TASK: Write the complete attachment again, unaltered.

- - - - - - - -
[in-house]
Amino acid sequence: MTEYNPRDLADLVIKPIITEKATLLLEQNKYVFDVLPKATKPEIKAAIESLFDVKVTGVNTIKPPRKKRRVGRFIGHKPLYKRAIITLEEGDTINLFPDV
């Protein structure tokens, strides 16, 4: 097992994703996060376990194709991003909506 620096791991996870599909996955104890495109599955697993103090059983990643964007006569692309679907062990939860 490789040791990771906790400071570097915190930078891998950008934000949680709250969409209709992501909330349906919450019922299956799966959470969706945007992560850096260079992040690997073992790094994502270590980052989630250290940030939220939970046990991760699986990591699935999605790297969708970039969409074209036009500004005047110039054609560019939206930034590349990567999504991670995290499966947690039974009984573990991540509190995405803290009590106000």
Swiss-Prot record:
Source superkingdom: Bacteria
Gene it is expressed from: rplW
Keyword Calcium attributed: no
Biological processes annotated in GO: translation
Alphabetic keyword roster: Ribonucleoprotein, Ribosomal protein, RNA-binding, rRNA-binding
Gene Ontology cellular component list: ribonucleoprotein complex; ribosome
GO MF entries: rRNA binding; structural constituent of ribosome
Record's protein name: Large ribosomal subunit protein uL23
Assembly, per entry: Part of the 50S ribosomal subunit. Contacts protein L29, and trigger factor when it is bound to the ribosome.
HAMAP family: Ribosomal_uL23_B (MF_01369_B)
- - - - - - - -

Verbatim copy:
[in-house]
Amino acid sequence: MTEYNPRDLADLVIKPIITEKATLLLEQNKYVFDVLPKATKPEIKAAIESLFDVKVTGVNTIKPPRKKRRVGRFIGHKPLYKRAIITLEEGDTINLFPDV
């Protein structure tokens, strides 16, 4: 097992994703996060376990194709991003909506 620096791991996870599909996955104890495109599955697993103090059983990643964007006569692309679907062990939860 490789040791990771906790400071570097915190930078891998950008934000949680709250969409209709992501909330349906919450019922299956799966959470969706945007992560850096260079992040690997073992790094994502270590980052989630250290940030939220939970046990991760699986990591699935999605790297969708970039969409074209036009500004005047110039054609560019939206930034590349990567999504991670995290499966947690039974009984573990991540509190995405803290009590106000």
Swiss-Prot record:
Source superkingdom: Bacteria
Gene it is expressed from: rplW
Keyword Calcium attributed: no
Biological processes annotated in GO: translation
Alphabetic keyword roster: Ribonucleoprotein, Ribosomal protein, RNA-binding, rRNA-binding
Gene Ontology cellular component list: ribonucleoprotein complex; ribosome
GO MF entries: rRNA binding; structural constituent of ribosome
Record's protein name: Large ribosomal subunit protein uL23
Assembly, per entry: Part of the 50S ribosomal subunit. Contacts protein L29, and trigger factor when it is bound to the ribosome.
HAMAP family: Ribosomal_uL23_B (MF_01369_B)